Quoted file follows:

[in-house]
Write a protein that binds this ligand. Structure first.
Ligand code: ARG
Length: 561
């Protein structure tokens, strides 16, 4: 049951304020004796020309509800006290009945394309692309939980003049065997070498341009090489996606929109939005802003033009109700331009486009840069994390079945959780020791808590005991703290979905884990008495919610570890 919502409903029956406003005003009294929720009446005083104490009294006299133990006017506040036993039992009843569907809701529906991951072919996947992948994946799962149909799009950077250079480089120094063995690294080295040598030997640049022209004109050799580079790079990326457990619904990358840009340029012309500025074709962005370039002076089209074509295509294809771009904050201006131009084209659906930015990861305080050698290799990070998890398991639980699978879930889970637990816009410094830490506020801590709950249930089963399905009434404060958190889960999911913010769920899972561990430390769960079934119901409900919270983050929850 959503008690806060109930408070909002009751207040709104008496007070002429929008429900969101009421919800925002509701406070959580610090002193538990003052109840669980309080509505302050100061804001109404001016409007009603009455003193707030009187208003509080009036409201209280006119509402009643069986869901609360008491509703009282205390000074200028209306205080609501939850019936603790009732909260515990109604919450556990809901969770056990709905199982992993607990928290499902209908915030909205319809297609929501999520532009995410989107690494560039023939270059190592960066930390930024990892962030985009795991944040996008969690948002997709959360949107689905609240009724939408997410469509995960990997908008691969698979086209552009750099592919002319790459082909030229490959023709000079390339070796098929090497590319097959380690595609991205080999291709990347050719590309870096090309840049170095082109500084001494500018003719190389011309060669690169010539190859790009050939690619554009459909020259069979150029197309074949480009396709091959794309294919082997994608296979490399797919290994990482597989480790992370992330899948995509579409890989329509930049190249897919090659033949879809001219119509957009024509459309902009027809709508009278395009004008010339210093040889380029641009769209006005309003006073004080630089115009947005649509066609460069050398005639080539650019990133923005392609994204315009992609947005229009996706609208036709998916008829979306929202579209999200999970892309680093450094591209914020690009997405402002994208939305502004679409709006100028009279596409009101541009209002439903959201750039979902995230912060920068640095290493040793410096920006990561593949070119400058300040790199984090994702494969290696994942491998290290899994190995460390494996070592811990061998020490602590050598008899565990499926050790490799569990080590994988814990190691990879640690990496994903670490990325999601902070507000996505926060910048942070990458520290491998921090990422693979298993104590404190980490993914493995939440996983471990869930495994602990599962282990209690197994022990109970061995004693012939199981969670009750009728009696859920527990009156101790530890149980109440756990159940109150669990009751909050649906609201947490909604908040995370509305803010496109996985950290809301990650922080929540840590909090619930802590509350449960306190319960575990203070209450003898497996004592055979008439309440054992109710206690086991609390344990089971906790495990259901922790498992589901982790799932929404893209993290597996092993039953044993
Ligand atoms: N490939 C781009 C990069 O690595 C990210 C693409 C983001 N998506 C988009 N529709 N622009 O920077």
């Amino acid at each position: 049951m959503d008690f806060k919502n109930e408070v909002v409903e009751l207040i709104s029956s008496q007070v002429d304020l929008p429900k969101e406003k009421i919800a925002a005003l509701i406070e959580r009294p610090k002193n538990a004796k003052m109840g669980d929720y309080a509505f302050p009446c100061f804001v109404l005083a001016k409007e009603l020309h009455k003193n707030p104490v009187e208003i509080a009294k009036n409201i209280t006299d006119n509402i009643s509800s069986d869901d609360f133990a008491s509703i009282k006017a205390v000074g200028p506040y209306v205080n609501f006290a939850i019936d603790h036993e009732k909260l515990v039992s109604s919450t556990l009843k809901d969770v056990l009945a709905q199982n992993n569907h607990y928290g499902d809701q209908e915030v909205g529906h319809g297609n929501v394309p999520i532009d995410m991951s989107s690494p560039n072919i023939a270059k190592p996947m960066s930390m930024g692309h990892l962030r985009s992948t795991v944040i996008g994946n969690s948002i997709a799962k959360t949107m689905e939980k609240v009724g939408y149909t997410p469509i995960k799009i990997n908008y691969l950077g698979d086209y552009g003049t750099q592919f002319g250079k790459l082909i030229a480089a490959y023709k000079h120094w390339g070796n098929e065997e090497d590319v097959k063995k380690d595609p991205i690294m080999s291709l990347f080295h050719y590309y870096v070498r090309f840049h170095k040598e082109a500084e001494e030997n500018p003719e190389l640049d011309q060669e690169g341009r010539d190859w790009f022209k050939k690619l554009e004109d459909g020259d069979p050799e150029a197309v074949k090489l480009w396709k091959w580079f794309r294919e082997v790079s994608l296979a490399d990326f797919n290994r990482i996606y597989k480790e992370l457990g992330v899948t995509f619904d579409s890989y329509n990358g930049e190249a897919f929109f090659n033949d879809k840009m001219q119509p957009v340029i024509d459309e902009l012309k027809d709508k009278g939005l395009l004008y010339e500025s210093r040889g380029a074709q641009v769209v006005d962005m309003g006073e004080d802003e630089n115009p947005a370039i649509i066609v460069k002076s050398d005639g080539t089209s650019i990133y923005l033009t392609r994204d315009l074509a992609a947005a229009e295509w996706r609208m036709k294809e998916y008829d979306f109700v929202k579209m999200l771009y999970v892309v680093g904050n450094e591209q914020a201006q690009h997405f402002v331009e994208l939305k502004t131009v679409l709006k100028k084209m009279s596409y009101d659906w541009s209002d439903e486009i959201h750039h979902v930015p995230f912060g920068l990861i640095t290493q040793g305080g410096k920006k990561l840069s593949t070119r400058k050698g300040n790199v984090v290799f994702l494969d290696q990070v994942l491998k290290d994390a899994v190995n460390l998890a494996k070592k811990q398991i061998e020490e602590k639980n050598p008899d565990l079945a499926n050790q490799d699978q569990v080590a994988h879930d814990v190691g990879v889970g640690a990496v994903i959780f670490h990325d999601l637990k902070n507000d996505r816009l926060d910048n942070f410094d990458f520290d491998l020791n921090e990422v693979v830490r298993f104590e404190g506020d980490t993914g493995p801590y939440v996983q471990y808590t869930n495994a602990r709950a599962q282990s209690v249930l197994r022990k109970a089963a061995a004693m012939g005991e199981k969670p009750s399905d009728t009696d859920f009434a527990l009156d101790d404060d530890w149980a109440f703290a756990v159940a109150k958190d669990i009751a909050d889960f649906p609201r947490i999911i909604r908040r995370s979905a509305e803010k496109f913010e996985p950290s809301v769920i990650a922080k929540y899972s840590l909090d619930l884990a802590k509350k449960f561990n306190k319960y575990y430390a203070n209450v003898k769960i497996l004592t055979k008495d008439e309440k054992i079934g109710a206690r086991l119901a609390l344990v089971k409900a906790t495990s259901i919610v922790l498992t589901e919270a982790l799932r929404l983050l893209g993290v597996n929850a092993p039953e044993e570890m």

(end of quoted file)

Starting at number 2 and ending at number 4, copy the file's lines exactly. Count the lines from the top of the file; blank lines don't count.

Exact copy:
Write a protein that binds this ligand. Structure first.
Ligand code: ARG
Length: 561